10 x*y* + 2 5 xy* + y5 . 15. (l 8 . (p + q) 4 * 7. (1 + 4 ?/) .96 ^y -f 216 o?y . Expand (x = ic 5 -f 5 x*y + 10 ^V + 5 . (tf-f-1) (c-fd) . ELEMENTS OF ALGEBRA T7ie exponent ofb is 1 in the second term of the result. The The coefficient coefficient of the first term is 1. . since the even powers of signs of the last answer arc alternately plus y are positive. 2. Ex.2. 4 (1-for) 5 . . 4. 78 s . . 1. is the coefficient of the next term. * 2 4 ) 16 ic 8 . 17.168 3. TJie coefficient of any term of the power multiplied by the exponent of a. and the powers negative. 5. Ex.4(2^(3 ^'+(3 y . . 23. (3a -f5) 5) 4. (m -fl) 2 20. of the second term equals the exponent of the binomial 6. . 4 . (m 5 I) 2 22. (2a-5c) (1 -f 2 4 a:) 4 . 6. . 25. (a~^) 5 . (m-J) 4 11. 9.81 y 2 8 9 8 4 ) . 13. . 5. and the result divided by 1 plus the exponent of b. mn 5 2 5 ) . 3. Ex. (2 4. 3. 18. The minus.216 a^ 4. Expand (a??/) x5 5 x4 y + 10 x'2 (and odd + 212. (?>i?i -f c)*. 14.a) 3 19.4(2 * )'(3 *f) -f 6(2 ^) (3 y ) 8 . ( &) 5 . (mnp 5 I) 5 . (a-f 5) . (w 4 ?i) 4 . (2w 2 2 -f-l) 4 . 24. 12 EXERCISE Expand: 1. (2 a 4 . 21. (m 2 + n) 8 . (?/i-~w) : 16. (l-fa 6 2 ) 5. and increases by 1 in each succeeding term. 10. 8. (l-a&) 4 12. Expand <? 2 (2 # - 3 y3 ) 4 2 .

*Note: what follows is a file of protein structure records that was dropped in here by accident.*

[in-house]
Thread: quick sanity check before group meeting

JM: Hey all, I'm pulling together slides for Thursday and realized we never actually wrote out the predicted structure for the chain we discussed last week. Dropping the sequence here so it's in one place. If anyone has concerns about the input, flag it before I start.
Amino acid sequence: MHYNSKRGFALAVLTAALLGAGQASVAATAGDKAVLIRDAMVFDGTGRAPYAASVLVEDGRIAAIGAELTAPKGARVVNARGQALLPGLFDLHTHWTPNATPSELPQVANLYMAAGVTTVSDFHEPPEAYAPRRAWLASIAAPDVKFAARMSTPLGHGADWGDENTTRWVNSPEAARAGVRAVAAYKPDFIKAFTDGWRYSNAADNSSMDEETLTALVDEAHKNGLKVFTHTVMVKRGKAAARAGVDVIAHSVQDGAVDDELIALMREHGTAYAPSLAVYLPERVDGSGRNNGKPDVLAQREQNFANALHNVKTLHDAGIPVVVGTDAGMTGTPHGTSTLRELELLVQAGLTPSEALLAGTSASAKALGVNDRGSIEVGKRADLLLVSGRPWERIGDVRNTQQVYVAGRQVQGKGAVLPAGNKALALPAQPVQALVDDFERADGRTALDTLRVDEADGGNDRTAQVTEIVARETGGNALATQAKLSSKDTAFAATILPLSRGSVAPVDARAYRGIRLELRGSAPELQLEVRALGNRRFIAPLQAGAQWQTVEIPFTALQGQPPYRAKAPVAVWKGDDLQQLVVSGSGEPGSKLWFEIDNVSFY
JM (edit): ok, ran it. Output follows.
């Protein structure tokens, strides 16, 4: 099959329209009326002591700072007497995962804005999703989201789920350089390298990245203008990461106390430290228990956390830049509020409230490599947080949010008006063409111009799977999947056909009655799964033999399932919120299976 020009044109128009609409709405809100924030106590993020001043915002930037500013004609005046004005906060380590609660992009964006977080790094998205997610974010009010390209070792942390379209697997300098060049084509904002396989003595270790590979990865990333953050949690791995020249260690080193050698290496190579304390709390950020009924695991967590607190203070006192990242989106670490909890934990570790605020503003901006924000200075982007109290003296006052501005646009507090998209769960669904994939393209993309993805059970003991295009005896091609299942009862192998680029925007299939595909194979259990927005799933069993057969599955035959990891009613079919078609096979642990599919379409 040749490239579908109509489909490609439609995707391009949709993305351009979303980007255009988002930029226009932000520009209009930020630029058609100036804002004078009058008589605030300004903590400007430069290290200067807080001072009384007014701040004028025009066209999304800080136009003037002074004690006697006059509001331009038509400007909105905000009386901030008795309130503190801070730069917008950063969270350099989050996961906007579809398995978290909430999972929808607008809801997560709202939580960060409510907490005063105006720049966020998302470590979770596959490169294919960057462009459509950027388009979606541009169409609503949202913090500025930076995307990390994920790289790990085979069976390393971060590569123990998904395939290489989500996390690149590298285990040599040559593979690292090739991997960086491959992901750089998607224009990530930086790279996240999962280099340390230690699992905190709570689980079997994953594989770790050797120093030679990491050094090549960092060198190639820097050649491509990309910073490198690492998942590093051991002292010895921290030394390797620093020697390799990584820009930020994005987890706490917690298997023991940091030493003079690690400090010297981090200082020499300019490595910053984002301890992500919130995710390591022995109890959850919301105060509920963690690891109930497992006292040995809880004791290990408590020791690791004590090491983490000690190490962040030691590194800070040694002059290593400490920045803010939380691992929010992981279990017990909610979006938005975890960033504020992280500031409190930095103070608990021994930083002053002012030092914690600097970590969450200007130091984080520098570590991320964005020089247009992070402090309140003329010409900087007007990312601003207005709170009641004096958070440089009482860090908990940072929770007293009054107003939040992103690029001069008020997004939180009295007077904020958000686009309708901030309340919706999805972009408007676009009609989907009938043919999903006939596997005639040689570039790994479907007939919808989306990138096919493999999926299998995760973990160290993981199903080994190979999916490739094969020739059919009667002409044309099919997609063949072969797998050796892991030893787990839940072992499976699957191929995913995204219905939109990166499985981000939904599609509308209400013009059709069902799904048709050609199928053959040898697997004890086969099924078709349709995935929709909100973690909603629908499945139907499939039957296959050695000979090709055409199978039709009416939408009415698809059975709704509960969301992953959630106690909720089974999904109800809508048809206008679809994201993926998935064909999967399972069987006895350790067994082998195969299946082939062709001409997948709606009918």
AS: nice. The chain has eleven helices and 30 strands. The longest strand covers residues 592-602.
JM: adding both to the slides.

Evolution it is is the operation of finding a root of a quan the inverse of involution. or -3 for (usually written 3) . etc. \/a = x means x n = y ?> a. \/"^27=-3. V \/P 214. which can be simplified no further. 4 4 . for distinction. 27 =y means r' = 27.CHAPTER XIV EVOLUTION 213. 109 . tity . or y ~ 3. quantity may the be either 2wsitive or negative. (_3) = -27. 215. a) 4 = a4 . and all other numbers are. Every odd root of a quantity has same sign as and 2 the quantity. 1. it is evidently impossible to express an even root of a negative quantity by Such roots are called imaginary the usual system of numbers. and ( v/o* = a. V9 = + 3. = x means = 6-. numbers. It follows from the law of signs in evolution that : Any even root of a positive. 2. or x &4 . Since even powers can never be negative. Thus V^I is an imaginary number. called real numbers. for (-f 3) 2 ( 3) equal 0. for (+ a) = a \/32 = 2.